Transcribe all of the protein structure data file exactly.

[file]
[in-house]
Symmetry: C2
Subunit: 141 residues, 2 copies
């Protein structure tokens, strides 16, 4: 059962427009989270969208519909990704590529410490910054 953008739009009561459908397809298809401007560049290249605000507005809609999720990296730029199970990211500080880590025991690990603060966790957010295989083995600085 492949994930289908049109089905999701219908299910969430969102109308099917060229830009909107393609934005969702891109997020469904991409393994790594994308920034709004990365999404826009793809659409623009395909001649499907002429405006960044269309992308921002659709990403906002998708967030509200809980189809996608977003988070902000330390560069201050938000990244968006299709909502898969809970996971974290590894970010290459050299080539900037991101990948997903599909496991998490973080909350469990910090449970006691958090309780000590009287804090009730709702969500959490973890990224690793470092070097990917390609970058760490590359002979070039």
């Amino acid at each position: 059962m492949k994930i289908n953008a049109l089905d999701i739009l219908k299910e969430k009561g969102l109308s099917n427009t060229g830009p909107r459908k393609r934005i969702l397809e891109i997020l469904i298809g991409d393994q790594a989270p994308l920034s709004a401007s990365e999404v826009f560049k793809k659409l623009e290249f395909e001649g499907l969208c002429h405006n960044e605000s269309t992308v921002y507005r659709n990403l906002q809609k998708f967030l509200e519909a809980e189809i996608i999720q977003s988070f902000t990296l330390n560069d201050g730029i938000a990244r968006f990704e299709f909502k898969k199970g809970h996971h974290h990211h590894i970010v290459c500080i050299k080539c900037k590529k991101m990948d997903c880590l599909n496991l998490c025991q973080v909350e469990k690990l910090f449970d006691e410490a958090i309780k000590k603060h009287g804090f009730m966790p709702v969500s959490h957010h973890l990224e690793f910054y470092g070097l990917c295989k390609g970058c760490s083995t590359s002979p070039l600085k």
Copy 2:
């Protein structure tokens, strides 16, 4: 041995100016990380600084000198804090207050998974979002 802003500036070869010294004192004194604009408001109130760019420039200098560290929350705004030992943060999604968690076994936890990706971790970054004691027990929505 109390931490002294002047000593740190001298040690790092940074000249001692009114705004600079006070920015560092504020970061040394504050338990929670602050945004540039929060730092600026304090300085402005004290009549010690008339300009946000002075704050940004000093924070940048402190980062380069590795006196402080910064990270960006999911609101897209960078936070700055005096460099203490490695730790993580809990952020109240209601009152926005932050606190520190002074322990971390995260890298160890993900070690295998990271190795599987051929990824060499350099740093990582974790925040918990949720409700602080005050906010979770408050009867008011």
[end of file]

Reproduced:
[in-house]
Symmetry: C2
Subunit: 141 residues, 2 copies
């Protein structure tokens, strides 16, 4: 059962427009989270969208519909990704590529410490910054 953008739009009561459908397809298809401007560049290249605000507005809609999720990296730029199970990211500080880590025991690990603060966790957010295989083995600085 492949994930289908049109089905999701219908299910969430969102109308099917060229830009909107393609934005969702891109997020469904991409393994790594994308920034709004990365999404826009793809659409623009395909001649499907002429405006960044269309992308921002659709990403906002998708967030509200809980189809996608977003988070902000330390560069201050938000990244968006299709909502898969809970996971974290590894970010290459050299080539900037991101990948997903599909496991998490973080909350469990910090449970006691958090309780000590009287804090009730709702969500959490973890990224690793470092070097990917390609970058760490590359002979070039």
């Amino acid at each position: 059962m492949k994930i289908n953008a049109l089905d999701i739009l219908k299910e969430k009561g969102l109308s099917n427009t060229g830009p909107r459908k393609r934005i969702l397809e891109i997020l469904i298809g991409d393994q790594a989270p994308l920034s709004a401007s990365e999404v826009f560049k793809k659409l623009e290249f395909e001649g499907l969208c002429h405006n960044e605000s269309t992308v921002y507005r659709n990403l906002q809609k998708f967030l509200e519909a809980e189809i996608i999720q977003s988070f902000t990296l330390n560069d201050g730029i938000a990244r968006f990704e299709f909502k898969k199970g809970h996971h974290h990211h590894i970010v290459c500080i050299k080539c900037k590529k991101m990948d997903c880590l599909n496991l998490c025991q973080v909350e469990k690990l910090f449970d006691e410490a958090i309780k000590k603060h009287g804090f009730m966790p709702v969500s959490h957010h973890l990224e690793f910054y470092g070097l990917c295989k390609g970058c760490s083995t590359s002979p070039l600085k």
Copy 2:
């Protein structure tokens, strides 16, 4: 041995100016990380600084000198804090207050998974979002 802003500036070869010294004192004194604009408001109130760019420039200098560290929350705004030992943060999604968690076994936890990706971790970054004691027990929505 109390931490002294002047000593740190001298040690790092940074000249001692009114705004600079006070920015560092504020970061040394504050338990929670602050945004540039929060730092600026304090300085402005004290009549010690008339300009946000002075704050940004000093924070940048402190980062380069590795006196402080910064990270960006999911609101897209960078936070700055005096460099203490490695730790993580809990952020109240209601009152926005932050606190520190002074322990971390995260890298160890993900070690295998990271190795599987051929990824060499350099740093990582974790925040918990949720409700602080005050906010979770408050009867008011």